Pirouettes and all their revolving descendants, mesmerize. Like a child watching a top spin, I am drawn to the power of their sublime centrifugal movement. As an adult, they also astound; the strength and precision needed to pull off a perfect pirouette is both obvious and remarkable.

The turns in the coda of a pas de deux make the finale grand and are an opportunity for the dancers to wow us with their technical mastery. One doesn’t have to know anything about dance to feel the need to burst into applause after a ballerina’s thirty two consecutive fouettés, or a male dancer’s multiple grand pirouettes.

Most of us are familiar with the standard pirouette. The dancer can either turn outward toward the lifted leg (pirouette en dehors), or inward toward the supporting leg (pirouette en dedans). There is another variation of the turn, usually performed by men, called the grand pirouette in which the lifted leg is raised in second position at 90 degrees.

This video from “White Nights” is an incredible example of Baryshnikov’s 11 grand pirouettes: http://www.youtube.com/watch?v=02EvsGal-Wc

Then there are many different types of fouetté turns in which the raised foot is whipped (fouette means whipped in French) in front or behind the supporting leg to the opposite direction: http://www.youtube.com/watch?v=-YSKWuWETFU

Svetlana Zakharova’s Russian fouettés: http://www.youtube.com/watch?v=FtrgKD6bg8g

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Jekyns Pelaez and Mayo Sugano

With a little bit of background on turns, I then asked Diablo Ballet’s Mayo Sugano to give us her take on them.
LF: Have you always liked turning, or have your preference/talents changed during your career?

MS: I only started turning well when I joined Diablo Ballet. I got injured badly (2 herniated discs, a dislocated hip, and pinched nerves) at the end of the 2004 season with San Francisco Ballet, and I had to stop dancing for two years. Honestly, I thought that was the end of my dancing career. I didn’t think I would dance professionally again.

After a year of physical therapy and resting, I started taking Pilates, and then started teaching little by little. And then another year later, I started taking classes from Lupe Feijoo (the mother of SFB’s principal dancer Lorena Feijoo). One day I did quadruple pirouettes. That’s when I found out I could turn! I think the core strengthening and training from Pilates really made me centered. I even discovered, and started to use muscles I had been unable to use for years. That was how I became a turner. Before that, I was always the extension and jump girl, never turns.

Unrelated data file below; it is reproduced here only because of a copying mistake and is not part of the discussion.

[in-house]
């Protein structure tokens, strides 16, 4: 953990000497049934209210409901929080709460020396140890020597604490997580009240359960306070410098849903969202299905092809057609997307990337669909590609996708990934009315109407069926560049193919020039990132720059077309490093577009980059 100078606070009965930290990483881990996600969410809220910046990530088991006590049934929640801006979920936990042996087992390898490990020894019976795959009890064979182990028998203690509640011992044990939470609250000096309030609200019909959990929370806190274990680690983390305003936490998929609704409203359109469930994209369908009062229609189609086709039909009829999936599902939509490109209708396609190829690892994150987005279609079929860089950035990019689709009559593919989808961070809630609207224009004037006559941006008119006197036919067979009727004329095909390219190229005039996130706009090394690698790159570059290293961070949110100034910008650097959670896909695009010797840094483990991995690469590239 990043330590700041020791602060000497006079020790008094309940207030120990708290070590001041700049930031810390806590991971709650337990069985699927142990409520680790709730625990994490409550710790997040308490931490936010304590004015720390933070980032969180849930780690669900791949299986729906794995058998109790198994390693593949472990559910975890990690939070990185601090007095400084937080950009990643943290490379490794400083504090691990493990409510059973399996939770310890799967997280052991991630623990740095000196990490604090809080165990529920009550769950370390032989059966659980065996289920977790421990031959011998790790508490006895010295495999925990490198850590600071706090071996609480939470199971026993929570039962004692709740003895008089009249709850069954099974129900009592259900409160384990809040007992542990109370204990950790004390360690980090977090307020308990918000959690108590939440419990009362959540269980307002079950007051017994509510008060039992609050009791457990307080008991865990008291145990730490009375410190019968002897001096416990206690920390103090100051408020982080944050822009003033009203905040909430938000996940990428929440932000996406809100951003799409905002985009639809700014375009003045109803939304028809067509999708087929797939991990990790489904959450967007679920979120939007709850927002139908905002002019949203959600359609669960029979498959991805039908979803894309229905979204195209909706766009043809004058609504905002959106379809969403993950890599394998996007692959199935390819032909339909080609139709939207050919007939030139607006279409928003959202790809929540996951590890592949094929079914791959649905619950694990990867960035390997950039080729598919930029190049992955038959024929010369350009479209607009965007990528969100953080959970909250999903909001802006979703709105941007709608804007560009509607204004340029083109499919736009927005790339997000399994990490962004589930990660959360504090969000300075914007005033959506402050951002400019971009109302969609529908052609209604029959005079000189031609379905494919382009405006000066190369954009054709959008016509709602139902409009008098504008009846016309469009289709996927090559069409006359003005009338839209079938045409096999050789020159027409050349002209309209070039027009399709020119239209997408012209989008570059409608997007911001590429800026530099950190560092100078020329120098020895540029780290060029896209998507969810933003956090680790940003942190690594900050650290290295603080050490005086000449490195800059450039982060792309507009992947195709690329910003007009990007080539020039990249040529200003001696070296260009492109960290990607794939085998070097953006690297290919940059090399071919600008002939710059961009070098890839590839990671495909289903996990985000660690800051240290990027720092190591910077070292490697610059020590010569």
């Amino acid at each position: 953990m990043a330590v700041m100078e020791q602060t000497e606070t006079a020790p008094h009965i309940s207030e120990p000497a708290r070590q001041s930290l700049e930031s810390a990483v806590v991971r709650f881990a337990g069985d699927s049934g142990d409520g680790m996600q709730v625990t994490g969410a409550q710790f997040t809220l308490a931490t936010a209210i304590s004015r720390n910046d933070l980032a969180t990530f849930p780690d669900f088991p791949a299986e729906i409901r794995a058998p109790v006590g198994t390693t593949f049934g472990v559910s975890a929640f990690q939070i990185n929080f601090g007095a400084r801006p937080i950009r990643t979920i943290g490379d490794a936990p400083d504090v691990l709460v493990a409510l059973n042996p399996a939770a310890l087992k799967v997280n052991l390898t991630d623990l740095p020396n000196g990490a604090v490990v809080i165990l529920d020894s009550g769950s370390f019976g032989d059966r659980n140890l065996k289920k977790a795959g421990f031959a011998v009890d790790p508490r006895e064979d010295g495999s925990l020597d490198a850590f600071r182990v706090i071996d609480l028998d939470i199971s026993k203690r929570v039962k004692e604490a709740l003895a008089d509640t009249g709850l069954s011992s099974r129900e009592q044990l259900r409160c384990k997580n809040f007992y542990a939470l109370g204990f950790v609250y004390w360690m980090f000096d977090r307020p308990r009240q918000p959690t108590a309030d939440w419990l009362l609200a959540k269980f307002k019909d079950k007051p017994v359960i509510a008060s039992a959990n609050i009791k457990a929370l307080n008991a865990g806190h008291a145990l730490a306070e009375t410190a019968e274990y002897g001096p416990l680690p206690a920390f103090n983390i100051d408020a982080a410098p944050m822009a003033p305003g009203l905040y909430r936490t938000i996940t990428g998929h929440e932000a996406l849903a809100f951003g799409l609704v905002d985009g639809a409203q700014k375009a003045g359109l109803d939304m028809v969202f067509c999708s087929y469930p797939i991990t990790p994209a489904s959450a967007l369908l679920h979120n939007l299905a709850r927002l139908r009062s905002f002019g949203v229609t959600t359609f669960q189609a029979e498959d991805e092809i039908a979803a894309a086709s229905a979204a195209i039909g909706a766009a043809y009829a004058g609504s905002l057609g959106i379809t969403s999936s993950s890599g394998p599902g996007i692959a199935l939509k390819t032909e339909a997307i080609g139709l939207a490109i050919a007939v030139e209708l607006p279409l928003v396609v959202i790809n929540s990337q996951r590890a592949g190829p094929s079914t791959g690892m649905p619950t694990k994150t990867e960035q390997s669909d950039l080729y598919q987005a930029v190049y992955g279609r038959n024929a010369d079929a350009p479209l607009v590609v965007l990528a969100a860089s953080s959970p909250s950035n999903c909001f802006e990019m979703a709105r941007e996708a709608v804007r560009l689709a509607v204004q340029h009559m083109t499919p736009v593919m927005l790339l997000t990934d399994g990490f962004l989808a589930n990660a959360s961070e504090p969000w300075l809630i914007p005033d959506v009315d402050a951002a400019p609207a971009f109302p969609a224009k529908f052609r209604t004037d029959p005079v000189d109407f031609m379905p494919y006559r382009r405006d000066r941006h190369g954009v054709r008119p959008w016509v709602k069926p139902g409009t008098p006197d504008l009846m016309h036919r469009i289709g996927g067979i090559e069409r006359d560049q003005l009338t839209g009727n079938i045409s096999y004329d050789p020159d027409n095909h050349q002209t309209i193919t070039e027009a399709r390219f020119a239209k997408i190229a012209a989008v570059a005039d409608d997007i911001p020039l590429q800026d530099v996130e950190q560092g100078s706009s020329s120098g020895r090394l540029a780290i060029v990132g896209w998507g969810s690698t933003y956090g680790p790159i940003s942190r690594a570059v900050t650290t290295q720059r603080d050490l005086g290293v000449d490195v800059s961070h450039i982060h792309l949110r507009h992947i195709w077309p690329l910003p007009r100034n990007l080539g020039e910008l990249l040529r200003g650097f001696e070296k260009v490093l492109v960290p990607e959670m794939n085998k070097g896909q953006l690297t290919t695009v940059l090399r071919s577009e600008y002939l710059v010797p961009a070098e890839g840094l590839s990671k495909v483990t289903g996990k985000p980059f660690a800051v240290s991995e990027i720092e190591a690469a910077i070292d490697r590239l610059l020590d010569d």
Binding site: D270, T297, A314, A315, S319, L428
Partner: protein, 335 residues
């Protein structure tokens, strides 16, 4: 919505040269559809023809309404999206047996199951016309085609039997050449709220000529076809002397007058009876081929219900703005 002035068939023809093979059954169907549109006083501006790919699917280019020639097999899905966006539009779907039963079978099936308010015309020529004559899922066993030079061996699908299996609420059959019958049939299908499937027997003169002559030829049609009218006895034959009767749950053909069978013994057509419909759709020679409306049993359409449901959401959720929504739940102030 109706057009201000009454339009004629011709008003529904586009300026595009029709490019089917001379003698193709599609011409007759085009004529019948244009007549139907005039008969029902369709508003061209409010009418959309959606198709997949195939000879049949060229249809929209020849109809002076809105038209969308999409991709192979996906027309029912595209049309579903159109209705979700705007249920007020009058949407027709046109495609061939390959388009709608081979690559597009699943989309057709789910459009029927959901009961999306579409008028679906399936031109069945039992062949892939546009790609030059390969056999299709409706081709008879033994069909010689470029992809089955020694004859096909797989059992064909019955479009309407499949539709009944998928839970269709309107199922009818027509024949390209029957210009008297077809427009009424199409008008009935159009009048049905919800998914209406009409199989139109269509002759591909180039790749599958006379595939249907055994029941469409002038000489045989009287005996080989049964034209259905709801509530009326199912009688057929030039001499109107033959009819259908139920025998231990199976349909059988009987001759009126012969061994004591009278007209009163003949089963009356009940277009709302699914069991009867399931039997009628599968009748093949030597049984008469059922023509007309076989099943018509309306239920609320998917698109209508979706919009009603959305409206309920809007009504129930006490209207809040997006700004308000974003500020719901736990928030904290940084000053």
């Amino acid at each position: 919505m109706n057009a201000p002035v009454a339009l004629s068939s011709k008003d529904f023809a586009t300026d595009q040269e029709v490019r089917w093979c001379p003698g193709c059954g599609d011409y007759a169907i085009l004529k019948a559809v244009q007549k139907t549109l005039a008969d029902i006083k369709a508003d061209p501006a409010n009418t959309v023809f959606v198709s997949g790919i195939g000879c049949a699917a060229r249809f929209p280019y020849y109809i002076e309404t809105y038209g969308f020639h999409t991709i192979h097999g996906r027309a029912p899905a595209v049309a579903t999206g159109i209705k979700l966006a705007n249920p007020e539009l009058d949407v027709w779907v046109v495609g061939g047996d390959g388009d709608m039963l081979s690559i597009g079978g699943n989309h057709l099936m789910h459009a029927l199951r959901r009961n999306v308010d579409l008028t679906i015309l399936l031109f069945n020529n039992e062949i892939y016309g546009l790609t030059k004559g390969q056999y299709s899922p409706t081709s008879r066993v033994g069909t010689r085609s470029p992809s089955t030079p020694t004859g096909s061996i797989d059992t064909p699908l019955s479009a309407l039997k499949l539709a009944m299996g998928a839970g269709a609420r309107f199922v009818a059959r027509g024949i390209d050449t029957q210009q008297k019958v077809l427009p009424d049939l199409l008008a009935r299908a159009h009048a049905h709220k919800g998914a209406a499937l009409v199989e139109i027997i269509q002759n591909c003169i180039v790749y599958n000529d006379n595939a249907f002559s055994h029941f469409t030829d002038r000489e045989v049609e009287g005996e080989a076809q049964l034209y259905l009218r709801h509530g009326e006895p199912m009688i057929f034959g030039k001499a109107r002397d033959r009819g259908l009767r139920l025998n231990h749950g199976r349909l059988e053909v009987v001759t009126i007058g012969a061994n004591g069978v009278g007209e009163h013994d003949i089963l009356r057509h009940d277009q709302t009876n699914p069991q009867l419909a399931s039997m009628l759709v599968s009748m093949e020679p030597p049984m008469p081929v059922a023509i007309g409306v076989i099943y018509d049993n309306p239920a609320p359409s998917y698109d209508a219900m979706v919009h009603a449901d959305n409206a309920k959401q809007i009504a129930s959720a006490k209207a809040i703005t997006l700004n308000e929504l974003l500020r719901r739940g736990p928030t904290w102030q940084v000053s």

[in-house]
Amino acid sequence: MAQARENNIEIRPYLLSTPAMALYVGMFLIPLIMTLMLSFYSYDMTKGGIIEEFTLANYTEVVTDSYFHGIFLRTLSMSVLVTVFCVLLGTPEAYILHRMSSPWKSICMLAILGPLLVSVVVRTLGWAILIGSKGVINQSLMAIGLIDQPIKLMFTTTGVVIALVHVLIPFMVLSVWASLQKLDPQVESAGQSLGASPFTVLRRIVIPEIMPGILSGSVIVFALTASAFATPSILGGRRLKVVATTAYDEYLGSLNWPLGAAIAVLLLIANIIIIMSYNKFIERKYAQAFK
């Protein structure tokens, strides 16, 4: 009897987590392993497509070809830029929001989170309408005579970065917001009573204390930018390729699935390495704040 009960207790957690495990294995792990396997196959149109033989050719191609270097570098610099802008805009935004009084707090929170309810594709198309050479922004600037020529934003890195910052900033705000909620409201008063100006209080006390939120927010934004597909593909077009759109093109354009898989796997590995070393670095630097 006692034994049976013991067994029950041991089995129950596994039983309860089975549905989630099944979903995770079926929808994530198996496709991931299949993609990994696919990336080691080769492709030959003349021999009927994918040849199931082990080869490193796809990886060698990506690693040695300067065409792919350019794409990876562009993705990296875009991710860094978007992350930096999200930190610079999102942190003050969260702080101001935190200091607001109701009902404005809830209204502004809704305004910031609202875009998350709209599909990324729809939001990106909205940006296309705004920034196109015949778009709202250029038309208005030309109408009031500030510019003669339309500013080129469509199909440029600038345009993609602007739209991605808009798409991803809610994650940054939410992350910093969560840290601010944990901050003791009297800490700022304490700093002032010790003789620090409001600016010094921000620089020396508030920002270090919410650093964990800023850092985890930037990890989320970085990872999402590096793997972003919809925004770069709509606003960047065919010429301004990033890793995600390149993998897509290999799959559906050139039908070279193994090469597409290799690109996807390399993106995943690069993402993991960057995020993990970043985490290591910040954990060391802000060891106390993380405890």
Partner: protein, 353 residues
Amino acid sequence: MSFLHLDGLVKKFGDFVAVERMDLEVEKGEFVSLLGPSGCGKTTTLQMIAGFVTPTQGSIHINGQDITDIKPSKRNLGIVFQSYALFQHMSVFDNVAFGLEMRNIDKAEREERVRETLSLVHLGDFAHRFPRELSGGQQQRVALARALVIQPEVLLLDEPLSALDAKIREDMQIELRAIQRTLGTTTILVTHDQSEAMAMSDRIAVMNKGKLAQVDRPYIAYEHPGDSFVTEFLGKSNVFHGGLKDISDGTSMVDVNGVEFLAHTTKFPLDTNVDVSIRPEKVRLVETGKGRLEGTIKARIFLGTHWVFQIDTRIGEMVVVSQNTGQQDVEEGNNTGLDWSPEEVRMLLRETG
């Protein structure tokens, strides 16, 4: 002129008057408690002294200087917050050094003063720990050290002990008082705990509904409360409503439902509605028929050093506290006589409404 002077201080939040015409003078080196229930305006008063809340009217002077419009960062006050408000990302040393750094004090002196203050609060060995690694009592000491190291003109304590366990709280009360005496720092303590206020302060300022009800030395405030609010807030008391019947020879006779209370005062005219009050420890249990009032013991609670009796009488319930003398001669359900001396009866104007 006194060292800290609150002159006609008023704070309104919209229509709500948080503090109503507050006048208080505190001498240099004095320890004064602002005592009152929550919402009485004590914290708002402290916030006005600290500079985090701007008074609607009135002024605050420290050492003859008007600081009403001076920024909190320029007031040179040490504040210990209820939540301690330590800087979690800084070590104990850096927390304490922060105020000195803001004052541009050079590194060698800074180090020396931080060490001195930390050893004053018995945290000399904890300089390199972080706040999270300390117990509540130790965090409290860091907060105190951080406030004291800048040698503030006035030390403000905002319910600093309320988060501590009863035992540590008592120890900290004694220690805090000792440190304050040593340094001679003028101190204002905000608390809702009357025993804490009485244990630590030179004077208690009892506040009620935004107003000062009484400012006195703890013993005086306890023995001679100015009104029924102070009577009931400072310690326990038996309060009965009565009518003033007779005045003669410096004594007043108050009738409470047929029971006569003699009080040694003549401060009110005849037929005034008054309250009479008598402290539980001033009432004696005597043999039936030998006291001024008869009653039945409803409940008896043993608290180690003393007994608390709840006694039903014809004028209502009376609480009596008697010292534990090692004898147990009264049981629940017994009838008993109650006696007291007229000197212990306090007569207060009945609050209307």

LF: How is the power to turn generated? What are the mechanics of a turn?

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Mayo Sugano

MS: I was always taught that there are three important things to think about when you turn: Legs, arms, and elevé! You need to coordinate the three and pull them in together. For example, with simple pirouettes, the leg goes up into passé, the arms come in, and the dancer rises into elevé. The position is held when the turn is started. I use this when I am teaching and it works! On top of that, the dancer must think about basic things like pulling up, engaging the core and back muscles, spotting, and of course, a good plié before!

LF: Which turns are the most difficult to perform?

MS: Grand a la seconde turns. It’s just too hard to keep my leg to the side! Fouéttes, on the other hand I love. Fouettés are something I have been able to do well since I was little. My mom, who was my teacher, always made me do them as a child, so they are in my body.

LF: What dictates how many pirouettes will be performed in a sequence: the choreography or the dancer’s ability? Is there any room for impromptu changes during the performance depending on how you are feeling?

MS: Most choreographers will tell you whether to do a single or a double, but beyond that, you are making the decision. For me, if it’s something I am really confident with, I will just go for it and see how many I can pull off during the rehearsals, which will dictate what I will do in the performance.

I want to thank Mayo for sharing her experience so freely. A ballerina turns with such ease and grace that sometimes we forget about the years of work (and sometimes pain) behind those turns.

I will admit to trying a fouetté turn in my living room and nearly dislocating my standing leg knee in the process. The next time I watch Mayo at a Diablo Ballet performance, the perfection of her pirouettes will be all the more remarkable.

By Liesl Fereirra

Liesl Ferreira is a native of the Bay Area who developed a passionate interest in the arts while living in Paris for more than a decade.  She believes that the arts belong everywhere, in every life, and that the ability to express our humanity, or be touched by an expression of this humanity, is inherent in us all. She devotes her life to her family, photography,  and Iyengar Yoga. Liesl is a wonderful volunteer with Diablo Ballet.